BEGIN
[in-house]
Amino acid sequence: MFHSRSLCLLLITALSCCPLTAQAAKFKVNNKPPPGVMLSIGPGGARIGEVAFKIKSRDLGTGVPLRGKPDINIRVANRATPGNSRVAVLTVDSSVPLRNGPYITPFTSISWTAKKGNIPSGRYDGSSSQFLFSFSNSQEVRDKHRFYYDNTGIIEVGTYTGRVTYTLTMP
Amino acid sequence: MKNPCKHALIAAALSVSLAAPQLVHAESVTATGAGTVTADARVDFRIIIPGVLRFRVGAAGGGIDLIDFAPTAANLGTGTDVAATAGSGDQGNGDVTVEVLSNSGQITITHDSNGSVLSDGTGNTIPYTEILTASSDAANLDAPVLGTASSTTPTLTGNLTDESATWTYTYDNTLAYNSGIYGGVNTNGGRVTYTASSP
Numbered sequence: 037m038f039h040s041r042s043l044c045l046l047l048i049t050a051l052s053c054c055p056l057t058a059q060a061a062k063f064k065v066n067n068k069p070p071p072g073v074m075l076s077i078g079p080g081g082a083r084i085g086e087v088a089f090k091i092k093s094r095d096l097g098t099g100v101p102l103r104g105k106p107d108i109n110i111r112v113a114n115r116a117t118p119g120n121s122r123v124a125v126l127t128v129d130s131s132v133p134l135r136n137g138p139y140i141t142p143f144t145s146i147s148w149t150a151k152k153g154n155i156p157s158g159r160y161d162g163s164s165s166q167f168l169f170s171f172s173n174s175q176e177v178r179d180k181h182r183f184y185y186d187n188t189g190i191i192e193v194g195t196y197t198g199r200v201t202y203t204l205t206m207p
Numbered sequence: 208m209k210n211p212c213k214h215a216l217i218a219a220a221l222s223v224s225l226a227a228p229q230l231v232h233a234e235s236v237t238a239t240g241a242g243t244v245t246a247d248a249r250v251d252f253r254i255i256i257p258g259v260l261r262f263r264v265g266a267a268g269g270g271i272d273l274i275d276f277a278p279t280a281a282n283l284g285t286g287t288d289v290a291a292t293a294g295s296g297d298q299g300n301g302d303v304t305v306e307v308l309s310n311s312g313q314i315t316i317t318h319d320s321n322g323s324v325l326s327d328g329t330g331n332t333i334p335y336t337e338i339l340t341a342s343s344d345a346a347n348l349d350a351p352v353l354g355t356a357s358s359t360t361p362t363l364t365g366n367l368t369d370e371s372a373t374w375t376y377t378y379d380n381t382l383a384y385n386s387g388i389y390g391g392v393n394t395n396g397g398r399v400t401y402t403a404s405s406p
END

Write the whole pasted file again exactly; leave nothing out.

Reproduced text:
[in-house]
Amino acid sequence: MFHSRSLCLLLITALSCCPLTAQAAKFKVNNKPPPGVMLSIGPGGARIGEVAFKIKSRDLGTGVPLRGKPDINIRVANRATPGNSRVAVLTVDSSVPLRNGPYITPFTSISWTAKKGNIPSGRYDGSSSQFLFSFSNSQEVRDKHRFYYDNTGIIEVGTYTGRVTYTLTMP
Amino acid sequence: MKNPCKHALIAAALSVSLAAPQLVHAESVTATGAGTVTADARVDFRIIIPGVLRFRVGAAGGGIDLIDFAPTAANLGTGTDVAATAGSGDQGNGDVTVEVLSNSGQITITHDSNGSVLSDGTGNTIPYTEILTASSDAANLDAPVLGTASSTTPTLTGNLTDESATWTYTYDNTLAYNSGIYGGVNTNGGRVTYTASSP
Numbered sequence: 037m038f039h040s041r042s043l044c045l046l047l048i049t050a051l052s053c054c055p056l057t058a059q060a061a062k063f064k065v066n067n068k069p070p071p072g073v074m075l076s077i078g079p080g081g082a083r084i085g086e087v088a089f090k091i092k093s094r095d096l097g098t099g100v101p102l103r104g105k106p107d108i109n110i111r112v113a114n115r116a117t118p119g120n121s122r123v124a125v126l127t128v129d130s131s132v133p134l135r136n137g138p139y140i141t142p143f144t145s146i147s148w149t150a151k152k153g154n155i156p157s158g159r160y161d162g163s164s165s166q167f168l169f170s171f172s173n174s175q176e177v178r179d180k181h182r183f184y185y186d187n188t189g190i191i192e193v194g195t196y197t198g199r200v201t202y203t204l205t206m207p
Numbered sequence: 208m209k210n211p212c213k214h215a216l217i218a219a220a221l222s223v224s225l226a227a228p229q230l231v232h233a234e235s236v237t238a239t240g241a242g243t244v245t246a247d248a249r250v251d252f253r254i255i256i257p258g259v260l261r262f263r264v265g266a267a268g269g270g271i272d273l274i275d276f277a278p279t280a281a282n283l284g285t286g287t288d289v290a291a292t293a294g295s296g297d298q299g300n301g302d303v304t305v306e307v308l309s310n311s312g313q314i315t316i317t318h319d320s321n322g323s324v325l326s327d328g329t330g331n332t333i334p335y336t337e338i339l340t341a342s343s344d345a346a347n348l349d350a351p352v353l354g355t356a357s358s359t360t361p362t363l364t365g366n367l368t369d370e371s372a373t374w375t376y377t378y379d380n381t382l383a384y385n386s387g388i389y390g391g392v393n394t395n396g397g398r399v400t401y402t403a404s405s406p